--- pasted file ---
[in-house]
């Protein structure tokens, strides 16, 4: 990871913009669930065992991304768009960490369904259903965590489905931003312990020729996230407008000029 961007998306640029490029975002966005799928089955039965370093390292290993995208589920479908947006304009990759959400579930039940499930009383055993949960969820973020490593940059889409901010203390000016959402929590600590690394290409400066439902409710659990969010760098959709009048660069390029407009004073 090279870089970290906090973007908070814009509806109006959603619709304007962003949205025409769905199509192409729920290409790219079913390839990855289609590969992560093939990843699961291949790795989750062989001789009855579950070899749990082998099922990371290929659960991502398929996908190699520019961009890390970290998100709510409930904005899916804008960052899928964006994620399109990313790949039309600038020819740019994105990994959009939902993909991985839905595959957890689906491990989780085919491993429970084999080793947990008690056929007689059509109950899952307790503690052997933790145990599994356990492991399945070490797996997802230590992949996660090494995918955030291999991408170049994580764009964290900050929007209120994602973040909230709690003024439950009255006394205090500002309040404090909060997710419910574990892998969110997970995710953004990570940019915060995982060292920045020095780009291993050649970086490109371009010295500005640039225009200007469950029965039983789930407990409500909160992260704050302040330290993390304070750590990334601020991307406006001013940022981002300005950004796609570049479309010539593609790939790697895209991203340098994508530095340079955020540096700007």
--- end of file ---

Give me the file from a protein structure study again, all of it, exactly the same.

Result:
[in-house]
């Protein structure tokens, strides 16, 4: 990871913009669930065992991304768009960490369904259903965590489905931003312990020729996230407008000029 961007998306640029490029975002966005799928089955039965370093390292290993995208589920479908947006304009990759959400579930039940499930009383055993949960969820973020490593940059889409901010203390000016959402929590600590690394290409400066439902409710659990969010760098959709009048660069390029407009004073 090279870089970290906090973007908070814009509806109006959603619709304007962003949205025409769905199509192409729920290409790219079913390839990855289609590969992560093939990843699961291949790795989750062989001789009855579950070899749990082998099922990371290929659960991502398929996908190699520019961009890390970290998100709510409930904005899916804008960052899928964006994620399109990313790949039309600038020819740019994105990994959009939902993909991985839905595959957890689906491990989780085919491993429970084999080793947990008690056929007689059509109950899952307790503690052997933790145990599994356990492991399945070490797996997802230590992949996660090494995918955030291999991408170049994580764009964290900050929007209120994602973040909230709690003024439950009255006394205090500002309040404090909060997710419910574990892998969110997970995710953004990570940019915060995982060292920045020095780009291993050649970086490109371009010295500005640039225009200007469950029965039983789930407990409500909160992260704050302040330290993390304070750590990334601020991307406006001013940022981002300005950004796609570049479309010539593609790939790697895209991203340098994508530095340079955020540096700007």